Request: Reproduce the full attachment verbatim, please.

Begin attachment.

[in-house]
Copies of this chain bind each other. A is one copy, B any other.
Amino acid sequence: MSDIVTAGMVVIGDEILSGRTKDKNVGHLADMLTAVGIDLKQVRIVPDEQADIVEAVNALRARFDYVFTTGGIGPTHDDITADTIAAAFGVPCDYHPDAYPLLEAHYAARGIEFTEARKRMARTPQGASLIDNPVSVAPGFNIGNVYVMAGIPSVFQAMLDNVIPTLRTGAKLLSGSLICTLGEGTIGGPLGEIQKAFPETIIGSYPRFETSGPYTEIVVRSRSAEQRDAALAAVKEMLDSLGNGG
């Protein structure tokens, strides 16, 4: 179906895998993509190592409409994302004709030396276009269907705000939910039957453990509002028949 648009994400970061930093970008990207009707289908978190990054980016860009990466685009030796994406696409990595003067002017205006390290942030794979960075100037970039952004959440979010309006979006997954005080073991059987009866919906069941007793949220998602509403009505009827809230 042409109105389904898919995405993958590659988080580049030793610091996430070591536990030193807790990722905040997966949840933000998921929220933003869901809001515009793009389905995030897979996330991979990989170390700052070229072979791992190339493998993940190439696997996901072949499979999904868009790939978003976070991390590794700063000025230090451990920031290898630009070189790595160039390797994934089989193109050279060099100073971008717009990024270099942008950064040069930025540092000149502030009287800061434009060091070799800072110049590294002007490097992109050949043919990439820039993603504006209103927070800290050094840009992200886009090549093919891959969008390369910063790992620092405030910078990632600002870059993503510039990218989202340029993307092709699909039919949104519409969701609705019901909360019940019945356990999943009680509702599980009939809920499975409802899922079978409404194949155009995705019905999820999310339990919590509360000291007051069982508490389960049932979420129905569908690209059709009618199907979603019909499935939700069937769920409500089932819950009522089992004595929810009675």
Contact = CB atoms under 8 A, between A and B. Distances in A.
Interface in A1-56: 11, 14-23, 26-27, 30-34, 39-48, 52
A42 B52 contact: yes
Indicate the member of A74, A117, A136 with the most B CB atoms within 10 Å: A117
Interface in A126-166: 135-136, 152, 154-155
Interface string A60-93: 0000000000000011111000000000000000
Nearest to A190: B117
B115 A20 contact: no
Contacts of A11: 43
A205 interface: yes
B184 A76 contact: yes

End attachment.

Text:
[in-house]
Copies of this chain bind each other. A is one copy, B any other.
Amino acid sequence: MSDIVTAGMVVIGDEILSGRTKDKNVGHLADMLTAVGIDLKQVRIVPDEQADIVEAVNALRARFDYVFTTGGIGPTHDDITADTIAAAFGVPCDYHPDAYPLLEAHYAARGIEFTEARKRMARTPQGASLIDNPVSVAPGFNIGNVYVMAGIPSVFQAMLDNVIPTLRTGAKLLSGSLICTLGEGTIGGPLGEIQKAFPETIIGSYPRFETSGPYTEIVVRSRSAEQRDAALAAVKEMLDSLGNGG
């Protein structure tokens, strides 16, 4: 179906895998993509190592409409994302004709030396276009269907705000939910039957453990509002028949 648009994400970061930093970008990207009707289908978190990054980016860009990466685009030796994406696409990595003067002017205006390290942030794979960075100037970039952004959440979010309006979006997954005080073991059987009866919906069941007793949220998602509403009505009827809230 042409109105389904898919995405993958590659988080580049030793610091996430070591536990030193807790990722905040997966949840933000998921929220933003869901809001515009793009389905995030897979996330991979990989170390700052070229072979791992190339493998993940190439696997996901072949499979999904868009790939978003976070991390590794700063000025230090451990920031290898630009070189790595160039390797994934089989193109050279060099100073971008717009990024270099942008950064040069930025540092000149502030009287800061434009060091070799800072110049590294002007490097992109050949043919990439820039993603504006209103927070800290050094840009992200886009090549093919891959969008390369910063790992620092405030910078990632600002870059993503510039990218989202340029993307092709699909039919949104519409969701609705019901909360019940019945356990999943009680509702599980009939809920499975409802899922079978409404194949155009995705019905999820999310339990919590509360000291007051069982508490389960049932979420129905569908690209059709009618199907979603019909499935939700069937769920409500089932819950009522089992004595929810009675």
Contact = CB atoms under 8 A, between A and B. Distances in A.
Interface in A1-56: 11, 14-23, 26-27, 30-34, 39-48, 52
A42 B52 contact: yes
Indicate the member of A74, A117, A136 with the most B CB atoms within 10 Å: A117
Interface in A126-166: 135-136, 152, 154-155
Interface string A60-93: 0000000000000011111000000000000000
Nearest to A190: B117
B115 A20 contact: no
Contacts of A11: 43
A205 interface: yes
B184 A76 contact: yes